Monday, July 20, 2020

The Secrets We Forgot to Tell Ourselves

Is 48-yrs long enough to consider something unclassified?

Well, why not. I personally don't care if this is exactly how it happened or not, this is a great story.

It reminds me that most people who served have a lot of events that to us were just an interesting day. We don't think all that much about it, but to others it is exciting.

This in one of those days. Via the OkieBoat website ... let's go back to 1972 and the Harry Navy at war;
In January 1972 the Oklahoma City steamed to the Gulf of Tonkin to do some "radar hunting." We were waiting for the chance to use the new RGM-8H missiles in the Ready Service Magazine. We were looking for another BAR LOCK radar in the vicinity of the Mu Gia Pass, although few people aboard knew this. We maintained a position about 30 miles off the coast of North Vietnam near Vinh (18° 43.6' N 106° 15.8' E) for most of the period from 28 January to 4 February, holding position within 2000 yards from a reference buoy, waiting to shoot. During this period we operated at Condition II AAW with the Talos missile battery and the 5"/38 guns manned, and with either the USS Decatur DDG-31 or the USS Mahan DLG-11 "riding shotgun" with their short range Tartar and Terrier missiles.
I was on-watch that night in the EW shack and was on the receiver and picked up the BAR LOCK ATC radar that the Vietnamese were using. I remember the incident pretty vividly... how long we'd trained to be able to pick up those threat emitters, determine the key characteristics so we could pass on just the kind of info that was used to program the TALOS that night. Some of the measurement gear was NOT part of a standard electronics package. A few OW-div buddies and I collaborated to put together a couple pieces of outboard 'off-the-shelf' test equipment (an audio signal generator and XY scope so we could accurately determine PRR frequencies of incoming signals). It was this set up that allowed us to pass on not one...but three of the frequencies that BAR LOCK was using that night (since it was a Frequency Scanning...FRESCAN...radar to allow it to determine bearing/range AND approximate altitude).

I remember passing parameters on to the fire control folks continuously as the missile was being prepared for launch (BAR LOCK radars were notorious for changing frequencies during operation). I remember feeling/hearing the launch... I continued to monitor the signal as the missile was in-flight. After a minute or so (I didn't have a stopwatch on it) I remember hearing a weird screeching... then the signal went silent. Apparently that was the precise moment of the impact/explosion that "killed" the radar.

RD2 Doug Rasor, OK City 1968-72
Everyone has their own view of an engagement;
On the night of the ARM engagement, I recall leaving Weapons Control immediately after launch of the missile and running up to the Fire Control Workshop above Weapons Control, where the AN/SKQ-1 Telemetry set had been installed and was receiving data [TLM] from the missile in flight. Having set the pre-launch parameters into the missile, after discussion with CDR Mel Foreman [Weapons Department head], I knew what to look for in the telemetry as regards the general flow of the missile flight regime. FYI, the AN/SKQ-1 data was projected onto light sensitive paper for subsequent development and analysis.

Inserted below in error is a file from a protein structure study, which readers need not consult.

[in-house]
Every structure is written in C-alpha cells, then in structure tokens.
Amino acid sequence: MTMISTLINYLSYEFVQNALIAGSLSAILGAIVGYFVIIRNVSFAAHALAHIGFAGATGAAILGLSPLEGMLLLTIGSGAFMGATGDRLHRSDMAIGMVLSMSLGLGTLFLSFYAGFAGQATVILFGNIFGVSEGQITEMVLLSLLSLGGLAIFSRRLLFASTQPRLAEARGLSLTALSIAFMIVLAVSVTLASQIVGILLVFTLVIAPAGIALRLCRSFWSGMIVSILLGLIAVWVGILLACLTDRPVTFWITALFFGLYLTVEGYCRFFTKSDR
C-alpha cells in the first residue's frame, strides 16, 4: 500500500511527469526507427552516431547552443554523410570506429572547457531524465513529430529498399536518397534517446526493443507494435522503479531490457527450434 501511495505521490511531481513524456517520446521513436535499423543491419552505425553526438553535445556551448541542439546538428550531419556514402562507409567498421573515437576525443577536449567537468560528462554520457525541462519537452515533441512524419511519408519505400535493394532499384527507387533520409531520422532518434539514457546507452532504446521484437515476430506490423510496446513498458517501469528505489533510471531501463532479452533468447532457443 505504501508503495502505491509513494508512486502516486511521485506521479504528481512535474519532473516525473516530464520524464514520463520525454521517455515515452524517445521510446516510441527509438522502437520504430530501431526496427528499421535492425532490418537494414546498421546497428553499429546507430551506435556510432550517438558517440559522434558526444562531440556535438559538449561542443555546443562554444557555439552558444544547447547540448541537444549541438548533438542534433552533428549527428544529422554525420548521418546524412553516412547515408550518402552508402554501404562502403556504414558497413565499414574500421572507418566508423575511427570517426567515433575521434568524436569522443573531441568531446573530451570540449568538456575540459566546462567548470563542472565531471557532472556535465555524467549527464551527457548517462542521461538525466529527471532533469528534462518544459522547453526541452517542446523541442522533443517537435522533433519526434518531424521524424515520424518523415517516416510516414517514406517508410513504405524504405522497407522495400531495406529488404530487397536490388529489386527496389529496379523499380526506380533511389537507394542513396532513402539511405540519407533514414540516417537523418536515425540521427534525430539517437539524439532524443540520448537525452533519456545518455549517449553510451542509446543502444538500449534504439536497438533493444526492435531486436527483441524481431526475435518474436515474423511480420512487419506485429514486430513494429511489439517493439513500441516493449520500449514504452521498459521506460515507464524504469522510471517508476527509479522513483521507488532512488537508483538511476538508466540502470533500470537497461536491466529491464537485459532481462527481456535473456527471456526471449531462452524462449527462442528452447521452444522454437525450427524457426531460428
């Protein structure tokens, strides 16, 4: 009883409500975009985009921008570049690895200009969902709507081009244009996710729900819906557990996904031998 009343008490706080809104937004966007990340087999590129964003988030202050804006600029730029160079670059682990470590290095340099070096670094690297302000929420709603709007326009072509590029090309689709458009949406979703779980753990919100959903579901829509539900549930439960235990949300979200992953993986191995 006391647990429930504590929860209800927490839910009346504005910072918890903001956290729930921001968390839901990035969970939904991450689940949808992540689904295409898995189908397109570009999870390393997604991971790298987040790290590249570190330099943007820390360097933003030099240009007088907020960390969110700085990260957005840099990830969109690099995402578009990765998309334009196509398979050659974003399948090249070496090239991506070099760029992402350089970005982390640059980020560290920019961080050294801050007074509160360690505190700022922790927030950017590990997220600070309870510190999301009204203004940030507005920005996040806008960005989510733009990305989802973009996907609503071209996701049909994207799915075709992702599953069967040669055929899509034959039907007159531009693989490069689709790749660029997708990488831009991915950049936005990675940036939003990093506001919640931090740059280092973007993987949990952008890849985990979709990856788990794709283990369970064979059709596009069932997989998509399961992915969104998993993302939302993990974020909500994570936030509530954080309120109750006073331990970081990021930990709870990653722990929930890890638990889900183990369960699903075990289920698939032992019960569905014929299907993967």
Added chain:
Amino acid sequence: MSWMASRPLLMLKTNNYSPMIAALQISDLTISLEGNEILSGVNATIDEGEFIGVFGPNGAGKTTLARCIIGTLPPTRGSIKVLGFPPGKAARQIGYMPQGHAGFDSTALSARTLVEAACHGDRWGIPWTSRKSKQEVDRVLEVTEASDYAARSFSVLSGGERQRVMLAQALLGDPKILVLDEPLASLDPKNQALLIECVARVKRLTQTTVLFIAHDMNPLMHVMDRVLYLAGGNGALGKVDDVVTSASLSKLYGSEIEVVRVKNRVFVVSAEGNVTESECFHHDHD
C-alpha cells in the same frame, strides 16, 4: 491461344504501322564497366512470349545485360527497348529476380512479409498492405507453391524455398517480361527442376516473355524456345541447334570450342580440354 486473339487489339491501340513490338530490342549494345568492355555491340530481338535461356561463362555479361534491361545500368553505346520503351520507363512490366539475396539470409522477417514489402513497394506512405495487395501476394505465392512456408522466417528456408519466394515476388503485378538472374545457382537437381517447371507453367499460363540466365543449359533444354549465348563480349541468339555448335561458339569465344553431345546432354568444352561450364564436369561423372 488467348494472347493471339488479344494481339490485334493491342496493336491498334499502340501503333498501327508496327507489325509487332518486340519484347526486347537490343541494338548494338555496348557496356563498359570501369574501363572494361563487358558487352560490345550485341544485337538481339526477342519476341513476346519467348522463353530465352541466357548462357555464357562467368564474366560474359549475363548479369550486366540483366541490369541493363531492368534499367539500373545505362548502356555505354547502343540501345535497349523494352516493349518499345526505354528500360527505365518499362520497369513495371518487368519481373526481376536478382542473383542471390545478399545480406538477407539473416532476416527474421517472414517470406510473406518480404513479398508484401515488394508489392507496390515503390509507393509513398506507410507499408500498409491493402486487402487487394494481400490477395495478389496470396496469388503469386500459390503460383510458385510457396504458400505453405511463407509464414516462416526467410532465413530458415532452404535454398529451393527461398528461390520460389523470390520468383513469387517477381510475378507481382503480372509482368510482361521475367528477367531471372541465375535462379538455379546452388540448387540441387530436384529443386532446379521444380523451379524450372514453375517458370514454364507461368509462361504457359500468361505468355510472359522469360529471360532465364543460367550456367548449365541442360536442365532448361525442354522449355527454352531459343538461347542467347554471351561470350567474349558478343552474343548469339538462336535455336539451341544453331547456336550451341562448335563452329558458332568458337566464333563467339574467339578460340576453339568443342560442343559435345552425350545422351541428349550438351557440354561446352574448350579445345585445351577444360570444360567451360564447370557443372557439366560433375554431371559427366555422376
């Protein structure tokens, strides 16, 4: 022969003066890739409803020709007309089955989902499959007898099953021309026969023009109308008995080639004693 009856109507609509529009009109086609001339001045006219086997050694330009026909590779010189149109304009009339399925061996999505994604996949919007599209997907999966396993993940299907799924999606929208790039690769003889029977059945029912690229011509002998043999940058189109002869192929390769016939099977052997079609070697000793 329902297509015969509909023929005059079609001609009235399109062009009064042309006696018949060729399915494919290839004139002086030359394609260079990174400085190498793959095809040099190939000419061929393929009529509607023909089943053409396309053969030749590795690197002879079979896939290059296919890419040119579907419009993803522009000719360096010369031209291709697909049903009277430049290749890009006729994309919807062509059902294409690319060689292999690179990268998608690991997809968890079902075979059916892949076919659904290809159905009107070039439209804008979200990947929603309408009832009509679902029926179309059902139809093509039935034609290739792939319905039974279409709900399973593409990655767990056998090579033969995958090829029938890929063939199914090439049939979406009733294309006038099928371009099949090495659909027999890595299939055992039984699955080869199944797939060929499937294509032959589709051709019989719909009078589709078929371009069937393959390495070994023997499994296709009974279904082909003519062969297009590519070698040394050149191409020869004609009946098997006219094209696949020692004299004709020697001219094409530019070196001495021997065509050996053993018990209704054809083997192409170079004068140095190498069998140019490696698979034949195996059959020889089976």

I saw the missile acquire the Bar Lock radar, and wing movements generating the lateral accelerations as the missile acquired and began homing on the target. Angle Rate Gate Enable had been transmitted to the missile prior to launch, so the missile had been fired to a point in space roughly 8 Kyds beyond the radar site, which caused the missile to reject possible “spoofing” targets beyond/to the side of the actual target. So the missile nosed over and dove on the target approaching from directly overhead and thereby maximizing the fuse/warhead effectiveness against the target. TLM was lost just prior to the predicted intercept so warhead fusing was not visible on TLM. However, all of the available TLM data suggested that the missile had homed on (and probably destroyed) the target.

WO1 Greg Dilick, OK City 1970-73.
I don't know about you, but I love a story with a happy ending;
However, at the moment we didn't know if we had hit the target. The Electronics Warfare people in CIC told us the radar signal had disappeared about the same time the missile arrived, but you can bet the BAR LOCK operators would have noticed if we had missed and shut down their radar! The next day our Weapons Department head CDR Foreman showed me aerial recon photos. The radar antennas were scattered all over Southeast Asia, and what remained of the trailer was lying on its side at the edge of a 30 foot diameter crater.

This was all classified Secret at the time, and our missile crews were told to keep quiet. Of course everyone aboard knew something was going on (missile shots were very noisy). I overheard one sailor say we had fired a nuclear warhead and he had seen the explosion! Such is scuttlebutt!

The next morning at 0004 (four minutes after midnight) the Oklahoma City left the operating area for Yankee Station in the Gulf of Tonkin to rendezvous with the USS Coral Sea CVA-43 for personnel transfers. At 1339 (1:39 PM) we left the area and went to Subic Bay in the Philippines for R&R. The Chicago was in port when we arrived. Imagine our surprise when we learned that the bar girls knew about the shot before we got there! One of our first class POs told me that as they walked into a bar one of the girls saw the ship's name patch on his sleeve and started asking about the missile shot! So much for secrecy!
So you Vietnam Era Shipmates ... about those Subic bars ...

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